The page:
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Chapter 23: writers of familiar verse

I. Holmes

One of the best known passages in Elsie Venner is that in which Holmes asserted the existence of an aristocracy in New England, or at least a caste, which ‘by the repetition of the same influences, generation after generation,’ has ‘acquired a distinct organization and physiognomy.’ This caste is composed of those whose ancestors have had the advantage of college training and have practised one or another of the three learned professions. The young man born in this selected group is commonly slender, with a smooth face and with features regular and of a certain delicacy. ‘His eye is bright and quick,—his lips play over the thought much as a pianist's fingers dance over their music,—and his whole air, though it may be timid, and even awkward, has nothing clownish.’ Teachers discover that he ‘will take to his books as a pointer or setter to his field work.’ He may be intended for the bar while his father was a minister and his grandfather a physician; and by the very fact of this heredity he ‘belongs to the Brahmin caste of New England.’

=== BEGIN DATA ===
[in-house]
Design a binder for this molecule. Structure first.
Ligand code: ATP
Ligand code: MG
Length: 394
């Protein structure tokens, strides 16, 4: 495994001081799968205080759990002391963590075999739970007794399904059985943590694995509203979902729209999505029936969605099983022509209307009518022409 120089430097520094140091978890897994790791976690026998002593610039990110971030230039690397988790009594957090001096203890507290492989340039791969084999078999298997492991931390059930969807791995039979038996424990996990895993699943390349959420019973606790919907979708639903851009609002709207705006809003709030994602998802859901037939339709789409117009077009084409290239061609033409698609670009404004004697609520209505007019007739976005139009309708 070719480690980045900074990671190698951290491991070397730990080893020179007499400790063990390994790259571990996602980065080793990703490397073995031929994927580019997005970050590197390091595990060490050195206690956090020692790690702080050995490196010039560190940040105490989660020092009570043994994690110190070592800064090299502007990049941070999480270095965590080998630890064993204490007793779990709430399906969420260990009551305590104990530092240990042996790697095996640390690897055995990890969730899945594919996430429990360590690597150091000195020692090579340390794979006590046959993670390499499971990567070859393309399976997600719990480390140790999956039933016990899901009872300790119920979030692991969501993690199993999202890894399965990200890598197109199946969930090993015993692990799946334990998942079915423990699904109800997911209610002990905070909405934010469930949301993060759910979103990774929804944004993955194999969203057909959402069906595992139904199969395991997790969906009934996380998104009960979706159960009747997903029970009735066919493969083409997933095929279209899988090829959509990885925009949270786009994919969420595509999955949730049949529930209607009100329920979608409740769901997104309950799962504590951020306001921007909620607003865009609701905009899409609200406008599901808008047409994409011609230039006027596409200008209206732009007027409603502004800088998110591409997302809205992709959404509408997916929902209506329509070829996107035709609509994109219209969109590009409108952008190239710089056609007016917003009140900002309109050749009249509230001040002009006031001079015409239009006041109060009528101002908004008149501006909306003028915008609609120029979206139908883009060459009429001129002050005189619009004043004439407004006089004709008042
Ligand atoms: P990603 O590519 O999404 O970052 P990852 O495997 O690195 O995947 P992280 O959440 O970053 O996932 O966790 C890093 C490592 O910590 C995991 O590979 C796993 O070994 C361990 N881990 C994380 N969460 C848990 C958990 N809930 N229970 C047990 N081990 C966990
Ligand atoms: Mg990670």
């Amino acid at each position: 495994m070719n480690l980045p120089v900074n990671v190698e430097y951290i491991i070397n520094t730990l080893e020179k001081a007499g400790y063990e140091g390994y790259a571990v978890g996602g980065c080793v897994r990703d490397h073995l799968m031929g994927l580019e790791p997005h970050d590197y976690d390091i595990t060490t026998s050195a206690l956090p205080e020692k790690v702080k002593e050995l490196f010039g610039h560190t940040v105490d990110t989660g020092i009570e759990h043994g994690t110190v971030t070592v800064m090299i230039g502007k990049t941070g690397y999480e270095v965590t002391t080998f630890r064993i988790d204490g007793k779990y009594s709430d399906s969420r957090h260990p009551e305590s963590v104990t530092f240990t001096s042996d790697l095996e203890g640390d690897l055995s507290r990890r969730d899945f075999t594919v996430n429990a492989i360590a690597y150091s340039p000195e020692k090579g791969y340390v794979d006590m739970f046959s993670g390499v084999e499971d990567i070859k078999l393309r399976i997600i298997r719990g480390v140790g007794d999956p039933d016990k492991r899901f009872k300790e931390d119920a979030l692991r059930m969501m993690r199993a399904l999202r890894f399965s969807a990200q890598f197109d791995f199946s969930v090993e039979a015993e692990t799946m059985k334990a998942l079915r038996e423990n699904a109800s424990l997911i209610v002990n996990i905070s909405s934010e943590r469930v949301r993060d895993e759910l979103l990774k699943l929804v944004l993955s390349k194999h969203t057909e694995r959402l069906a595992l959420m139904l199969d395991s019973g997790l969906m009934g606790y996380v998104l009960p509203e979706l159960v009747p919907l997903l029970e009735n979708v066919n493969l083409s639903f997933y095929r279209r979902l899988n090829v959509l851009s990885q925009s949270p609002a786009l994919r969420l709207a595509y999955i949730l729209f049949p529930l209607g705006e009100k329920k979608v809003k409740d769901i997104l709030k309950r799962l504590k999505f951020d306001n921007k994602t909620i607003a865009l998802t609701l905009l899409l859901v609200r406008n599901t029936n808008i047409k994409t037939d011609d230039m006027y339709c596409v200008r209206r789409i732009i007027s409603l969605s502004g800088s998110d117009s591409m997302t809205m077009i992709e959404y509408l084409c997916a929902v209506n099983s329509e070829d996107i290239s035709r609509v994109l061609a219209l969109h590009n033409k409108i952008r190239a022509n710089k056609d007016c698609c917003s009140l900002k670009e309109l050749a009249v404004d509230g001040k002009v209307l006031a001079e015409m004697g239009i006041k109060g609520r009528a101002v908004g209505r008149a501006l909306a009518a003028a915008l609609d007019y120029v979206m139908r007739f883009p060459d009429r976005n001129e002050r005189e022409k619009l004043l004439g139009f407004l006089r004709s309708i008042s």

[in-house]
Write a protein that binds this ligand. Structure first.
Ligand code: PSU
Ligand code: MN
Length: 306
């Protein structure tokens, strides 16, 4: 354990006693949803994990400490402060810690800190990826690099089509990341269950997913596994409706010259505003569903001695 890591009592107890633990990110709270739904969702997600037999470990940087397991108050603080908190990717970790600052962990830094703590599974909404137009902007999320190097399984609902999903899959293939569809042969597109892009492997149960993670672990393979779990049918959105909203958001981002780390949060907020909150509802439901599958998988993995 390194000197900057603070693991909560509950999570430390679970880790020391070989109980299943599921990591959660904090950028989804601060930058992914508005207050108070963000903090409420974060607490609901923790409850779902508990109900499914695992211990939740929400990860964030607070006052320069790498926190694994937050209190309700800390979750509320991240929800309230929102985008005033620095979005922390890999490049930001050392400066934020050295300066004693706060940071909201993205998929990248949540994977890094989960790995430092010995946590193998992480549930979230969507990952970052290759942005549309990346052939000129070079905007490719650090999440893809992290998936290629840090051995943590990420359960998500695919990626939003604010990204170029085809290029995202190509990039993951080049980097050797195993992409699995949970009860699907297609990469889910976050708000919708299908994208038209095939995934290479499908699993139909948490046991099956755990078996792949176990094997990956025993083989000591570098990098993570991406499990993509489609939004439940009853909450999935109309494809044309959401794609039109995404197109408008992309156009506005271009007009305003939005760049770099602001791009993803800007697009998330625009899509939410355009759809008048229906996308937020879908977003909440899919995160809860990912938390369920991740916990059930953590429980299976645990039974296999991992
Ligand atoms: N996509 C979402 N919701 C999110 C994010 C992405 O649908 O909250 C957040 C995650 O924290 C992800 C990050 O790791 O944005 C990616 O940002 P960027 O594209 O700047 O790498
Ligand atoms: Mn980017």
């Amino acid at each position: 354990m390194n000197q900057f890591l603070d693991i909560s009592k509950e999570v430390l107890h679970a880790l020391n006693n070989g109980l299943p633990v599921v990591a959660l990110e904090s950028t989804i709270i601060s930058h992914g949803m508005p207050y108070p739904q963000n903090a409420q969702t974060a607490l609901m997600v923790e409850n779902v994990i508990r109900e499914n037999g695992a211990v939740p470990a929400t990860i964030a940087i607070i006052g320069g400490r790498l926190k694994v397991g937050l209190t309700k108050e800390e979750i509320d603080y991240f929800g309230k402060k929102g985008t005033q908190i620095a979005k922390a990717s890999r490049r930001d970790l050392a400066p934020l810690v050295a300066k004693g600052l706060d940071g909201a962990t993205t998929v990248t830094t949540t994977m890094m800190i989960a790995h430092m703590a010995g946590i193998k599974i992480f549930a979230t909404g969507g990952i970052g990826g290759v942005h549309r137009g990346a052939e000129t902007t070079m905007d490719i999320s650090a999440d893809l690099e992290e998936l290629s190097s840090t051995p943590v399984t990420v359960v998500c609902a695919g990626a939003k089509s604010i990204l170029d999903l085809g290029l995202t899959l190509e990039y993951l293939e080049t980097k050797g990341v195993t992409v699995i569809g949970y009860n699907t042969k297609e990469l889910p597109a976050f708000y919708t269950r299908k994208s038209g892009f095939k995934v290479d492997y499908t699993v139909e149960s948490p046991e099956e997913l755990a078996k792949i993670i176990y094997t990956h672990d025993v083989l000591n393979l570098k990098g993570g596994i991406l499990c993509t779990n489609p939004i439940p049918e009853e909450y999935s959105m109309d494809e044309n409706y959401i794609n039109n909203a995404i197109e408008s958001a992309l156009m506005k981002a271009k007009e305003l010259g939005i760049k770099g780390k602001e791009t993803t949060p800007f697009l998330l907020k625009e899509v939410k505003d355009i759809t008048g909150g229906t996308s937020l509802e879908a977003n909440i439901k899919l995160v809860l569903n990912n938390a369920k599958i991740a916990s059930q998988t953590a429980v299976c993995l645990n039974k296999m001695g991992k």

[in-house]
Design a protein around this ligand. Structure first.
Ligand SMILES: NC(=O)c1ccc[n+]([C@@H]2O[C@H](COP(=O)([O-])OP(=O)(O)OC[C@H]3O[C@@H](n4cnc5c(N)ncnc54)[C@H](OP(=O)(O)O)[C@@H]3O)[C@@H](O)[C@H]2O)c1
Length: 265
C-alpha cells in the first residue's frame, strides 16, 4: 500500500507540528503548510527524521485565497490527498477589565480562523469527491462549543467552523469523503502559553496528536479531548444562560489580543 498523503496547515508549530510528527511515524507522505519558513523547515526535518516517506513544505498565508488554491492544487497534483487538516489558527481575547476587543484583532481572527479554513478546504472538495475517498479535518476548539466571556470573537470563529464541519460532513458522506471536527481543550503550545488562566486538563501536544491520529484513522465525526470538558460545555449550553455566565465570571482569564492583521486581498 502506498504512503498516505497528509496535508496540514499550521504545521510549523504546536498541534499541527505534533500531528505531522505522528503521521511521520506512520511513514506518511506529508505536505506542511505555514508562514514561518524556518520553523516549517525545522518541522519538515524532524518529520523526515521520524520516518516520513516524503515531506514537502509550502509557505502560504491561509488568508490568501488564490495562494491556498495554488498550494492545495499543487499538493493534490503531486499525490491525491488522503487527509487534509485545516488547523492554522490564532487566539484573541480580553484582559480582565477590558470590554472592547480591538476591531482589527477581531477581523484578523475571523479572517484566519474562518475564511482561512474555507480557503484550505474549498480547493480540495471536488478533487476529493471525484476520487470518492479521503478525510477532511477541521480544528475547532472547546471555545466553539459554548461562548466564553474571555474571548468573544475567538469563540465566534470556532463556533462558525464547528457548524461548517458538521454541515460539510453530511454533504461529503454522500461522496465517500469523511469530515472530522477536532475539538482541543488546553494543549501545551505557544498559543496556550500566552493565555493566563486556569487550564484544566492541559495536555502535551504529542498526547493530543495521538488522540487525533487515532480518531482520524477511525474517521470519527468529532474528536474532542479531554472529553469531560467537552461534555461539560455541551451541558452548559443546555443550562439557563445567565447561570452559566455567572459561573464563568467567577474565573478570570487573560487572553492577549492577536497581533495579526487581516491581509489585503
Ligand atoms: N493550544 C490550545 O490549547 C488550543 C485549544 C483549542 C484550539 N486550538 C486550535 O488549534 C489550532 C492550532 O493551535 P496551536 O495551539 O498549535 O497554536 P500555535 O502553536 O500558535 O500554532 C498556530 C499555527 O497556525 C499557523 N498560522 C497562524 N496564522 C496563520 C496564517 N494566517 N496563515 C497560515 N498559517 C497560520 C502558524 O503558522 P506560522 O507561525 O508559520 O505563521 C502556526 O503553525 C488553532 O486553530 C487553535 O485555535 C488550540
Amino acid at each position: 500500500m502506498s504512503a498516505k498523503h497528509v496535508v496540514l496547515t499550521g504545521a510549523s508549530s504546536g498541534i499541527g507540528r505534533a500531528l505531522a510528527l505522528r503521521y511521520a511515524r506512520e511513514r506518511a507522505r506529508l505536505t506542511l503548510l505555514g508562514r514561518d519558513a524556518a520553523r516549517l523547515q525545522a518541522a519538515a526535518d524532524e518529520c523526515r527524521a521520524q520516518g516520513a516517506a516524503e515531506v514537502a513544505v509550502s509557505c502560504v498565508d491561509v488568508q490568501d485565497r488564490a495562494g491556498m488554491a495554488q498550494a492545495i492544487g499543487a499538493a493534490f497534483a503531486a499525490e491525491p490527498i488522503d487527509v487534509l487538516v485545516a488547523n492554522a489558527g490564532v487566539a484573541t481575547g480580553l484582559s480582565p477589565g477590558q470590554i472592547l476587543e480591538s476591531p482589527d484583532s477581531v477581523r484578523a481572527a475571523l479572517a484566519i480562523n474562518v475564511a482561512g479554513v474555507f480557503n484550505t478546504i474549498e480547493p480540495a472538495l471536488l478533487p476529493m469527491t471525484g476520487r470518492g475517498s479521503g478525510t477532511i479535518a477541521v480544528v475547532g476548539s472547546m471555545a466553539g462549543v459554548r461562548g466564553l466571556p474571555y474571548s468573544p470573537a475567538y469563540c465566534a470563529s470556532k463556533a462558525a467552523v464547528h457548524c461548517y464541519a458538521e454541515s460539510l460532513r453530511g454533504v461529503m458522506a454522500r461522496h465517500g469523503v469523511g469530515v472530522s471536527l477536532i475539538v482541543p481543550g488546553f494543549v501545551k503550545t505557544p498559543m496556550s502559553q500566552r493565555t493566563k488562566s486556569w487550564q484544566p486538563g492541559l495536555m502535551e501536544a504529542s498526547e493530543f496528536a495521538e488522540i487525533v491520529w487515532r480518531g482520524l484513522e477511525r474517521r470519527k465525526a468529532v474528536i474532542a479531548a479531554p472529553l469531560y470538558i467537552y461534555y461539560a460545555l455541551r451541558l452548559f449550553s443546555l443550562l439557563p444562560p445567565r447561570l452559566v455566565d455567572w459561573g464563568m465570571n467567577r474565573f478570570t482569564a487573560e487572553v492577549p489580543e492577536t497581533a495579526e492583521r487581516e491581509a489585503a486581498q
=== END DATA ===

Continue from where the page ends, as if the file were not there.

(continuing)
The man who thus described this caste was himself a Brahmin of the strictest sect, endowed with its best qualities, and devoid of its less estimable characteristics,—the tendency to anemia and to the semi-hysterical outlook of the dyspeptic reformer. He was energetic, wholesome to the core, sound and sane, unfailingly alert, fundamentally open-minded, never tempted to crankiness or freakishness. He was born in an illustrious year, 1809, which saw the birth of Darwin and Lincoln, of Tennyson and Gladstone, of Chopin, Mendelssohn,

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